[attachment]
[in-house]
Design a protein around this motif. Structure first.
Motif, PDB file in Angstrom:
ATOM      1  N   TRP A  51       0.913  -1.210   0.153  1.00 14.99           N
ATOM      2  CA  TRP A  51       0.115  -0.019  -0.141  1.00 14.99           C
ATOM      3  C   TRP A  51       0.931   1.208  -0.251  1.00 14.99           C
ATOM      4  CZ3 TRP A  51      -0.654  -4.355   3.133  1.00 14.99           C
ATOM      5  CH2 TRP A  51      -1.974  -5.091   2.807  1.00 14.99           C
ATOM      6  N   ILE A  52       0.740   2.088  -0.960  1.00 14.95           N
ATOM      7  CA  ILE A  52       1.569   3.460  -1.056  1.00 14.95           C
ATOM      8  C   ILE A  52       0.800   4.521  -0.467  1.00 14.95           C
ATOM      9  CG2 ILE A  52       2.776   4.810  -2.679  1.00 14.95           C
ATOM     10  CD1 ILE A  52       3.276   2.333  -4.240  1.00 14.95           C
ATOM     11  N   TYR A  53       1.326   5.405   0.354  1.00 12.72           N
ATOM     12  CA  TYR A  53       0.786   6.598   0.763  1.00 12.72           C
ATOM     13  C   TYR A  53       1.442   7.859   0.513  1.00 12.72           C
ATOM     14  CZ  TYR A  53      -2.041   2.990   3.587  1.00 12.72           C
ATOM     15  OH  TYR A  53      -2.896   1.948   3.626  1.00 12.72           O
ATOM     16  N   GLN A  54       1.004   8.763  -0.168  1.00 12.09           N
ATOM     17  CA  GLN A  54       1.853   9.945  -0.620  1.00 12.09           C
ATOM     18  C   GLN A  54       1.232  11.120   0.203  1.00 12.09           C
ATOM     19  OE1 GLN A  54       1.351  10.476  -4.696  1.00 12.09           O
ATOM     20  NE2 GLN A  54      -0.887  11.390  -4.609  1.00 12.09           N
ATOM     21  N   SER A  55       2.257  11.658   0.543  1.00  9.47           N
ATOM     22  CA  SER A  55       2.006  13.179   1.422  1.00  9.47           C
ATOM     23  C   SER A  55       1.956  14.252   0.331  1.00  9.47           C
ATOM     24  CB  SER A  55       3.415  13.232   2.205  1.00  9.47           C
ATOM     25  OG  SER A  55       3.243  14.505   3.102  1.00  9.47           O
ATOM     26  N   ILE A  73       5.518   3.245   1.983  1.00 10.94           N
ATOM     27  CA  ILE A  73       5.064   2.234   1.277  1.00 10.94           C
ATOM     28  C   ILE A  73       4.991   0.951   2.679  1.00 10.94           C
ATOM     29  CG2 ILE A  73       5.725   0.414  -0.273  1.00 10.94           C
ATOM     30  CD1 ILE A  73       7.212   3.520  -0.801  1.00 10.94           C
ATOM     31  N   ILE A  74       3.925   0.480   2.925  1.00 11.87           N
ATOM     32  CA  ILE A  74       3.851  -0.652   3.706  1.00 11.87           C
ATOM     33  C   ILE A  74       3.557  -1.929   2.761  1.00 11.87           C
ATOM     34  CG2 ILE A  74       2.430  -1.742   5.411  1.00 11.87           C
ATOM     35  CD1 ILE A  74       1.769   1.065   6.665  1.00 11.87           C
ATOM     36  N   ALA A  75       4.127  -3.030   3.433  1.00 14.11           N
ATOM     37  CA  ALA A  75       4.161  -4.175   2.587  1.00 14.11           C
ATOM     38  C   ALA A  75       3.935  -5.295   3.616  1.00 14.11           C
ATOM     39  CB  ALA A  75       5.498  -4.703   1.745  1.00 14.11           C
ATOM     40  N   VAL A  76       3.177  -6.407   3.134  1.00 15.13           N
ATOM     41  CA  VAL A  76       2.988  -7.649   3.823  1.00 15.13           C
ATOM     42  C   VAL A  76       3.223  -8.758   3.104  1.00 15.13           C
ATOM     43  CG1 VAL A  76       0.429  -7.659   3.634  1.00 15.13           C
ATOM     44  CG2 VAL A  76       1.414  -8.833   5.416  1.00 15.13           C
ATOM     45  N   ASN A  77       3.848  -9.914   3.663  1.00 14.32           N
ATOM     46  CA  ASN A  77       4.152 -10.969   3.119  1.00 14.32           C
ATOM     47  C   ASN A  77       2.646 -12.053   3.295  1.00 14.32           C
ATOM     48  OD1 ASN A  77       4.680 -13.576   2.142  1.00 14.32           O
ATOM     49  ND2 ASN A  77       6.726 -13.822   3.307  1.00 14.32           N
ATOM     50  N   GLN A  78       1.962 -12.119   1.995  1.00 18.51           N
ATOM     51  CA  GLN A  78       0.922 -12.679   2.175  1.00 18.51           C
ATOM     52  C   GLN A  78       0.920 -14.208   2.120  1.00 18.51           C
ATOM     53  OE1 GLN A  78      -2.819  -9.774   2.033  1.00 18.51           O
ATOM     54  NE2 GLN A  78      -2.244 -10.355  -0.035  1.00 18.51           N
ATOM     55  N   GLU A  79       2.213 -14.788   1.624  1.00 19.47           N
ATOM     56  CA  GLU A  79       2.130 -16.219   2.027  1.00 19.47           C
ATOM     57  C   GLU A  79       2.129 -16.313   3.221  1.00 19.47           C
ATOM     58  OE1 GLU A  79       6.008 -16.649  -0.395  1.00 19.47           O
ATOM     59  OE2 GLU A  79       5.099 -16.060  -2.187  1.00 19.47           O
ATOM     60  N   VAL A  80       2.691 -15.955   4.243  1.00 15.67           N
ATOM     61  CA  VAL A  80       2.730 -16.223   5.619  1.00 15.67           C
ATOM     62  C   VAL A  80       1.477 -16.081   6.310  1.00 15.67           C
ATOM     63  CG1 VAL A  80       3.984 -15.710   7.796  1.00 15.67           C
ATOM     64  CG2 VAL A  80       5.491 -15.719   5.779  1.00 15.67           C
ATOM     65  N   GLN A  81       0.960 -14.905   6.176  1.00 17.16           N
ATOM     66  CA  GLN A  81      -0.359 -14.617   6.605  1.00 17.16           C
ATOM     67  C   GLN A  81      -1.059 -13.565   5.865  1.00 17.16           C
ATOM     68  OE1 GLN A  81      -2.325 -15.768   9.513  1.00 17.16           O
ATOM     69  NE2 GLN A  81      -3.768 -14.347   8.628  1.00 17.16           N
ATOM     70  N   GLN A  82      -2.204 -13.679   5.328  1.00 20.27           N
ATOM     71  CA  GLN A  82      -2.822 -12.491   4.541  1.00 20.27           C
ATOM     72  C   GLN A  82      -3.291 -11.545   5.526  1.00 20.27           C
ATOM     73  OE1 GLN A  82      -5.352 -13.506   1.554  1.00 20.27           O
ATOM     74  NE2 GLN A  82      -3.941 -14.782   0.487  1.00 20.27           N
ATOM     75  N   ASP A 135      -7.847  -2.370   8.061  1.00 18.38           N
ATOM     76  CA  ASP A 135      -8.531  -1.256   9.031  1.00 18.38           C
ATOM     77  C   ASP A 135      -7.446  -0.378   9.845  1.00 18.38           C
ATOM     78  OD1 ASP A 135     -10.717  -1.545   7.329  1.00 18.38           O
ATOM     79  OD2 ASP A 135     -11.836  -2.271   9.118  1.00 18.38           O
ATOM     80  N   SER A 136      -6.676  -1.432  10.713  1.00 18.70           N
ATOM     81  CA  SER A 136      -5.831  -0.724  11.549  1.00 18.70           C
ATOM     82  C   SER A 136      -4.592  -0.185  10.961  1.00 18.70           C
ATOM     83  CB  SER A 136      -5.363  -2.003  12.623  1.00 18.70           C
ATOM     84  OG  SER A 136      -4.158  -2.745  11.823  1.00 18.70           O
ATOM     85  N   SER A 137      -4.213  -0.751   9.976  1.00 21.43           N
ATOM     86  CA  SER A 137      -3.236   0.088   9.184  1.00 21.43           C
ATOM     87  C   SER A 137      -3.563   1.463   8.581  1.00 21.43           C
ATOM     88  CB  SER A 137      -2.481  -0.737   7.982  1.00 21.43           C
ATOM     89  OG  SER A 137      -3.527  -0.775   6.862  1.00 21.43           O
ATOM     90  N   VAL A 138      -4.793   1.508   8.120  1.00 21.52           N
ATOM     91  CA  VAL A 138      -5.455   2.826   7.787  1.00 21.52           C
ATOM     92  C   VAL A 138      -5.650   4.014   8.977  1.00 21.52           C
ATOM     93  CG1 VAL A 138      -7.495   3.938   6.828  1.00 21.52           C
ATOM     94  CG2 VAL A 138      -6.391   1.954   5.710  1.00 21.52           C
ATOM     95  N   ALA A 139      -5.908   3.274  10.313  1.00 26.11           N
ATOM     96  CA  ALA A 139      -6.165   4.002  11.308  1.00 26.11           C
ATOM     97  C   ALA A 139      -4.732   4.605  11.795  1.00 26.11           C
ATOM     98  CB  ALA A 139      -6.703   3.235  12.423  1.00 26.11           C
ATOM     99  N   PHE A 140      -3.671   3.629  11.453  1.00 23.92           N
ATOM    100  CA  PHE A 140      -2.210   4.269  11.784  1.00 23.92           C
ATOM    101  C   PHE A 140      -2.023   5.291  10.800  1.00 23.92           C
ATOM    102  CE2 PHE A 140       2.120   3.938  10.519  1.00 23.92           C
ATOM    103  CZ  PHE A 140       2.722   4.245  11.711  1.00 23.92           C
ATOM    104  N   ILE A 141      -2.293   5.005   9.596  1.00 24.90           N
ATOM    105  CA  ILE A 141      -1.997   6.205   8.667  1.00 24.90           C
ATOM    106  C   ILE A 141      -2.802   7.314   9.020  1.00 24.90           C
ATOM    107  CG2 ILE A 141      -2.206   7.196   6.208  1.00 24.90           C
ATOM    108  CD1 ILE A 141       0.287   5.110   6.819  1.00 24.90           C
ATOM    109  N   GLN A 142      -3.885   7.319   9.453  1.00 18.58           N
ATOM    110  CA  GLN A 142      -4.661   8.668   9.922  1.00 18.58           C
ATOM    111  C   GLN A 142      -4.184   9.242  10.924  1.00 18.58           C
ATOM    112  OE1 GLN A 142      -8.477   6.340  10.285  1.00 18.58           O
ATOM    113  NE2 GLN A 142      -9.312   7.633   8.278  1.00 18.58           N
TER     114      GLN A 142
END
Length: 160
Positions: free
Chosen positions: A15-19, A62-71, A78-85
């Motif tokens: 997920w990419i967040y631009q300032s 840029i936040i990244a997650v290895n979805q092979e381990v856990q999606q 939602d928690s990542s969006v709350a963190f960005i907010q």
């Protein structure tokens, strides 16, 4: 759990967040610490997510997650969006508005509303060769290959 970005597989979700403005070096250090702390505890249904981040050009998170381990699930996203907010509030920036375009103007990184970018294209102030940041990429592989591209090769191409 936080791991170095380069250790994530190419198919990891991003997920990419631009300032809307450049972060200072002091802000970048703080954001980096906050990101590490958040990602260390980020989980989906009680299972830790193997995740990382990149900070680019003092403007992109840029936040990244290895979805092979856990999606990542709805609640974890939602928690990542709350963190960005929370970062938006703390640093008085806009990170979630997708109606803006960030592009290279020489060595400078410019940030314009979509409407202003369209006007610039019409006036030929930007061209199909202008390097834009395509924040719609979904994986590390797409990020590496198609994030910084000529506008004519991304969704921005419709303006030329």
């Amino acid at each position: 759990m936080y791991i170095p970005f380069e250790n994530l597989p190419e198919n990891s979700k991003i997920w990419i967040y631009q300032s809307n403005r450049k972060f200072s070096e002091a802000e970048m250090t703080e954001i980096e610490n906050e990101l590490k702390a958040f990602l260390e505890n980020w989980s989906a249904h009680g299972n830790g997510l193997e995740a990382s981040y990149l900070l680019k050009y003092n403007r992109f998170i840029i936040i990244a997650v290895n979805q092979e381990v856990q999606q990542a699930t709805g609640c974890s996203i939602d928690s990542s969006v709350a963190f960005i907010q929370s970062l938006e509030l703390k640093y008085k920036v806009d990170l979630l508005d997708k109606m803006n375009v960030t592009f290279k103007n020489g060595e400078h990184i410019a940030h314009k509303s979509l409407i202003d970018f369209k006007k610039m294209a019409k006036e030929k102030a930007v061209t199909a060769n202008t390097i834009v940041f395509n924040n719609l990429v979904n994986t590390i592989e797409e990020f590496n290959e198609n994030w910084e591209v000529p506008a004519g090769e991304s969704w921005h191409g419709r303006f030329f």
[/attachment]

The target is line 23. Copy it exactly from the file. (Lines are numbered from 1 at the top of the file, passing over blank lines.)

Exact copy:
ATOM     20  NE2 GLN A  54      -0.887  11.390  -4.609  1.00 12.09           N